The Known to The Unknown

While I consider myself a self-proclaimed mountaineer who has done many things even most thru-hikers would not, this is new territory for me. The longest I’ve hiked in one single trip was 155 miles; and that was in 2016 before I became a mom.

The Colorado Trail is 567 miles from Denver to Durango climbing nearly 90,000 vertical feet with an average elevation around 10,300 feet above sea level and topping out at 13,271 feet above sea level. It takes the average hiker four to six weeks to complete by itself. Last year my son and I set out at the end of May with the intention of taking three whole months to complete the trail. Our only timeline goal was to be in the San Juans for our birthdays. He would turn 5 and I would turn 29 on trail with this plan. 

Needless to say, a lot of things went wrong early on, and we didn’t thru-hike the trail together. As I switched gears, I found myself in a battle of mom guilt and separation anxiety relearning how to be alone in the wilderness – something I previously would have considered more natural than being around other humans. Ultimately, I figured it out and by the end of the year I knew for my own sake I had to return to The Colorado Trail… Alone.

Jennifer D with her child in front of a beautiful alpine lake in Colorado.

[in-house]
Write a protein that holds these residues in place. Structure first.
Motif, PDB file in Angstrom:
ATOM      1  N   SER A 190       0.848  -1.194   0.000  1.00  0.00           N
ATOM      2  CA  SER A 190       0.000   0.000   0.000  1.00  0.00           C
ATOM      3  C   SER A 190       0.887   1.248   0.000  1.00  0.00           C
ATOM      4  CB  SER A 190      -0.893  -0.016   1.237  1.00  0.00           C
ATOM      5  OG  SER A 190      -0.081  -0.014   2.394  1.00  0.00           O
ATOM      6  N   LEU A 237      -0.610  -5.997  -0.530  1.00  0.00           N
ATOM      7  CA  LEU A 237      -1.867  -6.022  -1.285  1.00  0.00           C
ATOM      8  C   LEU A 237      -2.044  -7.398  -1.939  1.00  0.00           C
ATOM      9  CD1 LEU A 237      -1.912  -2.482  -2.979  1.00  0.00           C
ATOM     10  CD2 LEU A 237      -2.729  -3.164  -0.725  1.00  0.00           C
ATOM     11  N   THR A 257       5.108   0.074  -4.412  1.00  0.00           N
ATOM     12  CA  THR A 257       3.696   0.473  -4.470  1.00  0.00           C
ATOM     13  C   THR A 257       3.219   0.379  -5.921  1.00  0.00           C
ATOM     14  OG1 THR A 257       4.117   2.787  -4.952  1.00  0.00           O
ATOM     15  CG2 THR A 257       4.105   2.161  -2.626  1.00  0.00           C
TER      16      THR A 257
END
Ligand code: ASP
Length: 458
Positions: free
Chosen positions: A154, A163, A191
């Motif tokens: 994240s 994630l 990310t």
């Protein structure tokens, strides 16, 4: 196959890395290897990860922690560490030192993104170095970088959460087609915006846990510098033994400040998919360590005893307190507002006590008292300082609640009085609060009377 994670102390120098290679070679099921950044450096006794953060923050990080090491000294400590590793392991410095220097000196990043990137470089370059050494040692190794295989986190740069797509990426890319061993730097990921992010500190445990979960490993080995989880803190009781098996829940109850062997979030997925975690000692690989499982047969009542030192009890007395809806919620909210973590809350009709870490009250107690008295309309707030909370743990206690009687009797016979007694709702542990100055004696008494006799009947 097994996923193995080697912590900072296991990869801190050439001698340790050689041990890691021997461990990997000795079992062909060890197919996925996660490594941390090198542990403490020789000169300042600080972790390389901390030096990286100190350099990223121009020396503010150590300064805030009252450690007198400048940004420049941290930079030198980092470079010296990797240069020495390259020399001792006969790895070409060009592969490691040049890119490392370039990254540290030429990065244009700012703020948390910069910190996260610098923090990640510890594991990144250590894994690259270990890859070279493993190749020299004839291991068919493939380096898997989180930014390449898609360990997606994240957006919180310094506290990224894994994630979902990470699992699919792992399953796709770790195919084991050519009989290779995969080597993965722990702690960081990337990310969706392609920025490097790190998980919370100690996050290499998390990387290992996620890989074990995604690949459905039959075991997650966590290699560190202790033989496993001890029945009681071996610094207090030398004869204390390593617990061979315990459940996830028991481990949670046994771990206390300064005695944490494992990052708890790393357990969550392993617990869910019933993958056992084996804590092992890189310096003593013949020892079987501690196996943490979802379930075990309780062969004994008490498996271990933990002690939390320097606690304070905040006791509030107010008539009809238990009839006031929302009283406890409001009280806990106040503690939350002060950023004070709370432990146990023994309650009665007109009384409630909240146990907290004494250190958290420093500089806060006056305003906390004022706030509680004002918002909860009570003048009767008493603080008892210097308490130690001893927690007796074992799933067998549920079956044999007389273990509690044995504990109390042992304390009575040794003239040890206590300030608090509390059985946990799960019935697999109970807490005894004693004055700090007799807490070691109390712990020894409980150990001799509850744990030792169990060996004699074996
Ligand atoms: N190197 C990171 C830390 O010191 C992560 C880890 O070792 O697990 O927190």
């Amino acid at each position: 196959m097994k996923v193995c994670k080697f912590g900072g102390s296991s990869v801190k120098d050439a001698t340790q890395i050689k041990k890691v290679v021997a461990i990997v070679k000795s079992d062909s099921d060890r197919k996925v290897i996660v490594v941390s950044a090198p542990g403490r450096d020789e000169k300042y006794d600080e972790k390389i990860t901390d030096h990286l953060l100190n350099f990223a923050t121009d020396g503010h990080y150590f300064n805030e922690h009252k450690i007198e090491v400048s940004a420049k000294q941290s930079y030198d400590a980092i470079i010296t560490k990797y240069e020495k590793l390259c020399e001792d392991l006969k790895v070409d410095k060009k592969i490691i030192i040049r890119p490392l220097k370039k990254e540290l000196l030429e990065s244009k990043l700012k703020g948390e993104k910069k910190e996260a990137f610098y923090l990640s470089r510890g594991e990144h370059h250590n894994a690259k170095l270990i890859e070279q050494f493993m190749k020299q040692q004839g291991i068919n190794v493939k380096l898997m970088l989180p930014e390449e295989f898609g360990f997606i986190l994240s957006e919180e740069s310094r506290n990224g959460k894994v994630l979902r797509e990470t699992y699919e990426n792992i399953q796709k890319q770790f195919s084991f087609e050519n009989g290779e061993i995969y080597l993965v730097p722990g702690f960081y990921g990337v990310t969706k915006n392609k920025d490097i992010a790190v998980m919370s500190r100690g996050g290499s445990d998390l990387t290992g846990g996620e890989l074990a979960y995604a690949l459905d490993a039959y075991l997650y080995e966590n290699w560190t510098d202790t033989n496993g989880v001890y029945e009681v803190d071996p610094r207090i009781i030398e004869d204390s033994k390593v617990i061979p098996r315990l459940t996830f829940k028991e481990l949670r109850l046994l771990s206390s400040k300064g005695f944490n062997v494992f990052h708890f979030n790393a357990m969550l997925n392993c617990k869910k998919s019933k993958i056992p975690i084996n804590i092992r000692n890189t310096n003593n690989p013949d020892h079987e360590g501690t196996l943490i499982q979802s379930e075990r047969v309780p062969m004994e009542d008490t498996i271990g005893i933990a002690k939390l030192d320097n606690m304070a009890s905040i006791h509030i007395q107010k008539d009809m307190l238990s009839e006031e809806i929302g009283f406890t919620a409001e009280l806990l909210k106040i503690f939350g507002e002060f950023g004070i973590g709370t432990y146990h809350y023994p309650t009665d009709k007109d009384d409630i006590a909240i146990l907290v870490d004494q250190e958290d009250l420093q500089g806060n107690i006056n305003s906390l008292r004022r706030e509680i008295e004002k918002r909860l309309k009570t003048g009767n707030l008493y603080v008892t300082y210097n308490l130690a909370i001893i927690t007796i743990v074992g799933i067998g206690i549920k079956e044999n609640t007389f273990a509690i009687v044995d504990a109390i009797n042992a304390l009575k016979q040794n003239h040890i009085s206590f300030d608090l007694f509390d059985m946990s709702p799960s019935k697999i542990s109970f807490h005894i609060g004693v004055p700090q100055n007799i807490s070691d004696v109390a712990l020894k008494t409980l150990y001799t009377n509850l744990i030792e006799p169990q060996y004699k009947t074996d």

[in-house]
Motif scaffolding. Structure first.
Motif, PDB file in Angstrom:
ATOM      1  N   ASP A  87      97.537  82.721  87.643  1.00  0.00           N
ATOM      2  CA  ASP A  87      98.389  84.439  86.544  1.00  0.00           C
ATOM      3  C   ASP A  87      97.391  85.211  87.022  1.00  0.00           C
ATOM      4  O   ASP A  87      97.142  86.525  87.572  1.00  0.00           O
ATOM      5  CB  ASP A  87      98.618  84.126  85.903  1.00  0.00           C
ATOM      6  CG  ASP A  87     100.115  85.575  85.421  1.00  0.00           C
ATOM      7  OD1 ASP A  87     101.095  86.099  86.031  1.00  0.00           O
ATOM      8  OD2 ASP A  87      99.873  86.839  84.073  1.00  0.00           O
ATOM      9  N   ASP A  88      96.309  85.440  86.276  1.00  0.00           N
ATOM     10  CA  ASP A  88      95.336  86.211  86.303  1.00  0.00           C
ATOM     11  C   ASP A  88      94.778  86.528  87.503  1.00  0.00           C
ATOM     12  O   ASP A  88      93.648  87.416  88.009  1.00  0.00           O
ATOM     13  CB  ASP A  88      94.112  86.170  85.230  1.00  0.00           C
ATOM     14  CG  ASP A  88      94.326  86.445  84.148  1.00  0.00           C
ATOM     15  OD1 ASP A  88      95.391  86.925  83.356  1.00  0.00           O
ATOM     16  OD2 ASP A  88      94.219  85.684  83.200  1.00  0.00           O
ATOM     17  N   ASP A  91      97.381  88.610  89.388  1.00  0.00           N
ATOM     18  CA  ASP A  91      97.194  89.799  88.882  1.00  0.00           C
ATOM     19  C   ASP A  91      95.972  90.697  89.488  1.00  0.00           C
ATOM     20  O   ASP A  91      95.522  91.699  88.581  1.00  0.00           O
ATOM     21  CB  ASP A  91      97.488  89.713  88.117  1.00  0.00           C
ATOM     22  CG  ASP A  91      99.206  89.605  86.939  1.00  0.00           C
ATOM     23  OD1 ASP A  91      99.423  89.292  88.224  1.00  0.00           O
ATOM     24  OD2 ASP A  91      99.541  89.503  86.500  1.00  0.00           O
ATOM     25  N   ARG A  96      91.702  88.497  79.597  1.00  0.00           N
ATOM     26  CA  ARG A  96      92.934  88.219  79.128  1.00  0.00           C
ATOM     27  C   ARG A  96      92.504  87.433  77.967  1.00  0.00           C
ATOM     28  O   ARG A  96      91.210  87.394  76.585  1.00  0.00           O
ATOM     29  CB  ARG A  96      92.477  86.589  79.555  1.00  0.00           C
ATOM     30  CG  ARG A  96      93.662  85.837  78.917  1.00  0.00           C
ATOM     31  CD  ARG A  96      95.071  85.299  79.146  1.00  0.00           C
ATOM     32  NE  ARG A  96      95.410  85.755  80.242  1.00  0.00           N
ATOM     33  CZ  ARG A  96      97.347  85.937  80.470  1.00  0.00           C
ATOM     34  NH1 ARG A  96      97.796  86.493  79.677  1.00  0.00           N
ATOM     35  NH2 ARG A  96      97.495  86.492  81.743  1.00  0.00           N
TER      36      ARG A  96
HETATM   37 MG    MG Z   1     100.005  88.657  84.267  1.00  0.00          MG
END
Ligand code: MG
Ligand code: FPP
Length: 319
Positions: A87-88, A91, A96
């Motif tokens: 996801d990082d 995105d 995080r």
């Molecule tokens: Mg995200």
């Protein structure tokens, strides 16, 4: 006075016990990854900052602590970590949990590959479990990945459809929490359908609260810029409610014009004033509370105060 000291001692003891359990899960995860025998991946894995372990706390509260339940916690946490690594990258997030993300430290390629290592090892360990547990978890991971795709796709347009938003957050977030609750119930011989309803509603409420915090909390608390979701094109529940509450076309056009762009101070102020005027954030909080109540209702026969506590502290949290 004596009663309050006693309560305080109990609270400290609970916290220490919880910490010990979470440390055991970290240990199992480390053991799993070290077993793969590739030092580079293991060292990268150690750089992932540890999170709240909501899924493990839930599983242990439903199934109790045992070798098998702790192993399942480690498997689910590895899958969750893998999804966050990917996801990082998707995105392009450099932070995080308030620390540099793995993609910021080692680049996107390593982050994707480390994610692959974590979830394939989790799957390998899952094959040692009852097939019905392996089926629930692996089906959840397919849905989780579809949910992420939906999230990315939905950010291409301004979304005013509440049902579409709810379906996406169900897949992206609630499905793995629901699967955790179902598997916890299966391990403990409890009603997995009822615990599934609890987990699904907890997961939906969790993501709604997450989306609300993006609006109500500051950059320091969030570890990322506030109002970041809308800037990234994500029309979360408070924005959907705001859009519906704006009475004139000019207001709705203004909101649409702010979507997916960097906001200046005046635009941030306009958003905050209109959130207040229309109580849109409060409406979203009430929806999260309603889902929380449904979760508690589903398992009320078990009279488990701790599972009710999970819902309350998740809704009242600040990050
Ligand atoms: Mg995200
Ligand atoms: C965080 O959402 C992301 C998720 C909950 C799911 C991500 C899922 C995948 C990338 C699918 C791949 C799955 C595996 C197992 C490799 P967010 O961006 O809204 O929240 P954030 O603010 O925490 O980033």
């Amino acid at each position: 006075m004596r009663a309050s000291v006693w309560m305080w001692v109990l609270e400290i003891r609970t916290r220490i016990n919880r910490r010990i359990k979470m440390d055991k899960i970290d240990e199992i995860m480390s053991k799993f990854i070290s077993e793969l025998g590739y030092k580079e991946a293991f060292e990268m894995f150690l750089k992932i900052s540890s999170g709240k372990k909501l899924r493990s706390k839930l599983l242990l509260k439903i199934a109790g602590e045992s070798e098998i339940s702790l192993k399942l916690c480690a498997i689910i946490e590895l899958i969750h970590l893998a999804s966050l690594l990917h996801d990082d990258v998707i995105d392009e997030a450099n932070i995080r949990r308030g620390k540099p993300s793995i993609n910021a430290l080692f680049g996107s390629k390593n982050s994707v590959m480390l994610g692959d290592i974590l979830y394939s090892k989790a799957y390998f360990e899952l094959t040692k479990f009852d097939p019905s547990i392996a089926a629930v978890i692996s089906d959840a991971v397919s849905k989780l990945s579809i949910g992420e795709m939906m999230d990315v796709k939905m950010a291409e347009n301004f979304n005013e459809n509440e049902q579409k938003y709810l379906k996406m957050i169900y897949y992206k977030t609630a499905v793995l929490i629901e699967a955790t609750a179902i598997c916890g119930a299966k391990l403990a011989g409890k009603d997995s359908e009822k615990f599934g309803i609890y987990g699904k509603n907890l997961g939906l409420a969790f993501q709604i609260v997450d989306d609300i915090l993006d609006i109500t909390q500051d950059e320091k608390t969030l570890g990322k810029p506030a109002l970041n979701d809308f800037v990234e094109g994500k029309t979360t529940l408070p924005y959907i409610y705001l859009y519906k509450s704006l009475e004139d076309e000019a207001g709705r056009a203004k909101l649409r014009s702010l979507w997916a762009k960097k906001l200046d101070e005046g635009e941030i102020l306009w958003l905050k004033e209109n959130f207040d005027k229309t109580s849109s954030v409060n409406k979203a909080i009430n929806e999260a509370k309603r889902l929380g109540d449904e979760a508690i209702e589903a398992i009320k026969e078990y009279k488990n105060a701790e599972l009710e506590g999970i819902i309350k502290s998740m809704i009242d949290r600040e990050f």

July 20, 2019 Abyss Lake, Mt Evans Wilderness. Pre-kiddo I hiked this once every week. Once my son came to be it took us several tries and a 2-night backpacking trip to get all the way up to the lake together. Then it hailed while thunder and lightning echoed through the bowl as we nearly ran back down to camp.

The Colorado Trail has been pulling on my heart since I heard about it as a teenager. You see as someone who left home at 17 and graduated college at 19… I never fit in. The trails were where I found myself and felt welcomed. Later, after my son came to be I would discover that I am autistic and ADHD. Now it all makes sense. Society is the bane of my existence. I prefer my solitude in the middle of nowhere. I feel more connected to squirrels and bears than I do other humans. The mountains are the only place my mind ever feels like it’s mine. The Colorado Trail is known for being one of the more remote long trails in the country, and well who wouldn’t want to spend six weeks (or more) alone in the mountains? (Apparently not everyone.)